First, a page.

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Making Memories

Making Memories
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Of all the gifts that the holiday season bestows on us, the most enduring are memories. When our trees are stripped bare, we turn inward, toward hearth and home. The days shorten, and now we come inside for warmth and light. Here we find our memories all swirled together — almost all of them thoughts of the people we love and the foods we cherish.


When we experience this often enough, we create a tradition, and those traditions weave themselves into our personal histories. The holidays give us this complex mix of excitement, joy — and yes, at times even exhaustion. We sigh with relief when they end, and soon after sigh again, already missing those too-brief days when those we love were gathered once again around our tables. What we’ve tried to do in this holiday issue is to give you, our readers, wherever you are, a sense of the tradition, warmth, and giving we all long for.

First, tradition. In December 1982, we published a story about the Wellesley, Massachusetts, Cookie Exchange. We didn’t run many recipes then; the article was really about the phenomenon of friends and neighbors sharing their favorite sweets. We ran a short note asking readers to send us a self-addressed, stamped envelope and we’d send back a batch of cookie recipes from the Wellesley women. The envelopes came — 20,000 strong — I’ll never forget it. Twenty-five years later, we went back to Wellesley and found that the Cookie Exchange has now brought a new generation into its tradition.

Next, warmth. The irony of the holidays is that in these weeks of coming together, many of us are alone, with only the memories of loved ones who are no longer with us. I know once again I’m risking the ire of Edie Clark’s faithful readers by nudging her “Mary’s Farm” essay (for this issue only!) into the center of the magazine — what we call the “well.” I want to give this graceful excerpt from her new book, Saturday Beans and Sunday Suppers, a place to spread out with the extraordinary illustrations that accompany it. If you know anyone who loves good writing — writing that warms you as you read — this is a book you’ll want to share.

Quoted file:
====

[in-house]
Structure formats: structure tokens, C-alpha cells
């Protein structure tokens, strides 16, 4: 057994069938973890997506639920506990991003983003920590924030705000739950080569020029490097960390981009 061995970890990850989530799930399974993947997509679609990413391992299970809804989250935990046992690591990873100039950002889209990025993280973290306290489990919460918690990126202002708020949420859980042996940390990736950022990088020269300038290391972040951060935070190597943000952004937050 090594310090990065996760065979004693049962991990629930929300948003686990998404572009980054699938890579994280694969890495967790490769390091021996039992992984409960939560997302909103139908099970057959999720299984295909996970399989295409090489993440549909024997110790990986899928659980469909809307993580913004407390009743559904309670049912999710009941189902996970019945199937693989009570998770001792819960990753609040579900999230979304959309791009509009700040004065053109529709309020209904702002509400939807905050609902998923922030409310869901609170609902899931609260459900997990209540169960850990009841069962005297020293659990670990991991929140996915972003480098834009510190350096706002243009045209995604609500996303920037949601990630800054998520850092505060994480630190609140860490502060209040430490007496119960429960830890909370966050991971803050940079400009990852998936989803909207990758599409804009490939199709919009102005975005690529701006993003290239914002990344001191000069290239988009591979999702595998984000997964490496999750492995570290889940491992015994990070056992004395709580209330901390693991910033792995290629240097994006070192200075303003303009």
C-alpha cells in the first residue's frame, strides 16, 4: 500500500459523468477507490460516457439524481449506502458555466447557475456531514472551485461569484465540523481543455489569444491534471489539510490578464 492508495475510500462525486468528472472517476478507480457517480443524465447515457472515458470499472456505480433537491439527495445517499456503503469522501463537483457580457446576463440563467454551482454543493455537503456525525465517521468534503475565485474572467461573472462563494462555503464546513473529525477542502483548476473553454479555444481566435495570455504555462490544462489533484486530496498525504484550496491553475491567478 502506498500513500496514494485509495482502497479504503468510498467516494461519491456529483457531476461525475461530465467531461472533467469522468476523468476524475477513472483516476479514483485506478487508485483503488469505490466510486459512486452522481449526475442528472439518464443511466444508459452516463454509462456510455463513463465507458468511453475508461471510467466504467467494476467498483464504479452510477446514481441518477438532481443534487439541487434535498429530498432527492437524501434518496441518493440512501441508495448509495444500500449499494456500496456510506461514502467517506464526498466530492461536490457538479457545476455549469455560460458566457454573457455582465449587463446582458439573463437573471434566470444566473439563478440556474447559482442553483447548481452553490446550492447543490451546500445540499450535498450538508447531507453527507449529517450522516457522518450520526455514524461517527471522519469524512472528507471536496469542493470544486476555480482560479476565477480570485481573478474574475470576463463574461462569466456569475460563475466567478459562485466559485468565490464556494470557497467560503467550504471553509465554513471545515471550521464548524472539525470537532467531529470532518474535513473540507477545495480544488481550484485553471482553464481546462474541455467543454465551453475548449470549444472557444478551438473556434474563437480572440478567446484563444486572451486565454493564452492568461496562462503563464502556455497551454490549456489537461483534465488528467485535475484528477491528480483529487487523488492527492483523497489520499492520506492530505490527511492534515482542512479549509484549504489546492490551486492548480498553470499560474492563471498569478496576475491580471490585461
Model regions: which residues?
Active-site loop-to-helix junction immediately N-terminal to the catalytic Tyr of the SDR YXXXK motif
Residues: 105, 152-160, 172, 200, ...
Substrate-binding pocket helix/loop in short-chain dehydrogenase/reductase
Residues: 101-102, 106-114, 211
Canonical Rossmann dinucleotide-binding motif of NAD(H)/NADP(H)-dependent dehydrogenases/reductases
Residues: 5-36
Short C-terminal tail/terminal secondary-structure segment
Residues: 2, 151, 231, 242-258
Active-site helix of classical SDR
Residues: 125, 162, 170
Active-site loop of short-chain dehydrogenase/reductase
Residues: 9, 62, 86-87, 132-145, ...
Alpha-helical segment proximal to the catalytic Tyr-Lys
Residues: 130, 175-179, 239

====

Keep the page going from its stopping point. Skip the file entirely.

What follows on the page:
Lastly, giving. This is the second year we’ve highlighted a group of New Englanders who represent the best we can be — ordinary people, our neighbors really, helping others — not for fame or fortune, but because there’s something inside them that says it’s right to do so. We call them “angels,” and when you meet them here, I hope you’ll be encouraged to write us at Yankee and tell us about the angels in your community.

I don’t know whether a single issue of a magazine can be a gift, but in these pages we’ve tried to distill what the holidays mean to us — and just as opening the door of a loved one’s home promises good cheer within, we hope that each page of Yankee brings you special pleasure, and maybe even a memory or two of your own.

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